StockBeat: Who Needs Orcel? Santander and UBS Rise on Solid 2Q

© Reuters.

By Geoffrey Smith — Who needs Andrea Orcel?

Not Banco Santander (MC:), apparently. Spain’s largest bank, which is facing a 100 million euro/dollar lawsuit from the man who nearly became its chief executive last year, reported what it said was the best underlying quarterly result in eight years Tuesday.

Profit before one-off charges rose 5% to 2.1 billion euros ($2.35 billion). The net result was 1.4 billion euros, still around 7% higher than expectations.

In large part, that was due to the bank’s strategy of regional diversification paying off, with its units in the U.S., Mexico and Brazil all posting solid gains. Its European operations fared less well.

Santander’s Spanish business has had to absorb some 600 million euros of charges in the first half related to the integration of Banco Popular, which it bought for a token sum in 2017 when regulators declared it “failing or likely to fail”. It’s also had to absorb a further 172 million euros in charges that were taken in the U.K. in respect of mis-sold payment protection insurance, the problem that never seems to go away for U.K. banks.

The solid earnings helped Santander, one of Europe’s largest bank by assets, to a healthier core tier one capital ratio of 11.3%. That measure of financial strength is up from a thin-looking 10.8% a year ago.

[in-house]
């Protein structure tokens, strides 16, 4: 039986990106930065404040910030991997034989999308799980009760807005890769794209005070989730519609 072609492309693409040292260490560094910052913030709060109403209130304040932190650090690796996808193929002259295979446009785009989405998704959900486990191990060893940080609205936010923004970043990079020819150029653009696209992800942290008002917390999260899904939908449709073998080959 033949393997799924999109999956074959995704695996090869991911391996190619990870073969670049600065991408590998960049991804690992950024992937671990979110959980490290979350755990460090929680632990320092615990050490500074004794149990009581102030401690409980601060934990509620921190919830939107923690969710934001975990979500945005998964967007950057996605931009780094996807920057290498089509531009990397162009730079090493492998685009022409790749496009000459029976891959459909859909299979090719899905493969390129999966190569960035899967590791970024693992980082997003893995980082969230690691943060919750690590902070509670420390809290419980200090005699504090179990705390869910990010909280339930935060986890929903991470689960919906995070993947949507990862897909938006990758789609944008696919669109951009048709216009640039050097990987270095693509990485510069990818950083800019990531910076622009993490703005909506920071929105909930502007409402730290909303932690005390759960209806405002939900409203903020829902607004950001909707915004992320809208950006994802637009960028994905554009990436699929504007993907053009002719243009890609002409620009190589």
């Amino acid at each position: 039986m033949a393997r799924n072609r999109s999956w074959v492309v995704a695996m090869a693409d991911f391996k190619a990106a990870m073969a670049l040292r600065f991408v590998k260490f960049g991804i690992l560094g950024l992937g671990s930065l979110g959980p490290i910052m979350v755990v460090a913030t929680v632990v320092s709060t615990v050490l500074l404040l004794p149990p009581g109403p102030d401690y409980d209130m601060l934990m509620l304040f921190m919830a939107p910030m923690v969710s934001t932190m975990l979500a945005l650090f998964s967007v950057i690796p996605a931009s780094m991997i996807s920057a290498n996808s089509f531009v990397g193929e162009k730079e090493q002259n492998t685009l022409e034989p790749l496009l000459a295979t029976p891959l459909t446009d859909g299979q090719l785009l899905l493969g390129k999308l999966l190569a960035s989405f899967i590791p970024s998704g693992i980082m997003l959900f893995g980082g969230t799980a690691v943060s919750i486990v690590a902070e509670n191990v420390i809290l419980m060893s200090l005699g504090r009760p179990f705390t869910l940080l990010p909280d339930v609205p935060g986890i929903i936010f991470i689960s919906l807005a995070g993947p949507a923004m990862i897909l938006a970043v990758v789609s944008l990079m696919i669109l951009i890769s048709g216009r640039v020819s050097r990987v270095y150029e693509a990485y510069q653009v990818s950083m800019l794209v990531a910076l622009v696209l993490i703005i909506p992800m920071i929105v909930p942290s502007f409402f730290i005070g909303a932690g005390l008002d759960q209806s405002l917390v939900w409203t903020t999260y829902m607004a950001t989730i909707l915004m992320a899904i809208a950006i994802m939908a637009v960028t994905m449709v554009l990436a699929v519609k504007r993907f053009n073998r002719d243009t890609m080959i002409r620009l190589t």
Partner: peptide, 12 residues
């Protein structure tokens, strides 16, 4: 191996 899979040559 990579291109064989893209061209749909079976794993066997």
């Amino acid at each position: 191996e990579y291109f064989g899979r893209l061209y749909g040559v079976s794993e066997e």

The bank’s shares were up 2.7% by mid-morning in Madrid, one of the best-performing in the sector in Europe. But they’re still down 11% since April, when the European Central Bank re-adopted an easing bias that has put fresh pressure on its lending margins. And the shares will face a fresh test on Thursday when the ECB’s policy-making governing council meets, amid expectations that it will cut its interest rates still further into negative territory.

The Spanish index was up 0.7%, slightly ahead of the benchmark. Germany’s led the way in Europe with a 1.2% gain as the euro’s decline against the dollar boosted the outlook for its battered exporters.

Orcel’s absence was arguably more felt at his old employer, UBS Group (SIX:). While the Swiss bank, too, managed to post decent group results, the investment bank that Orcel headed until his departure was unable to escape the negative trends already evidenced by its Wall Street rivals.

Adjusted profit before tax at UBS’s investment bank fell 23% from a year earlier, while the unit’s adjusted cost-income ratio, a measure of profitability, rose to 78.7%, some 20 points higher than rivals like JPMorgan (NYSE:). Equities trading revenue fell 9% and fixed income trading fell 7%.

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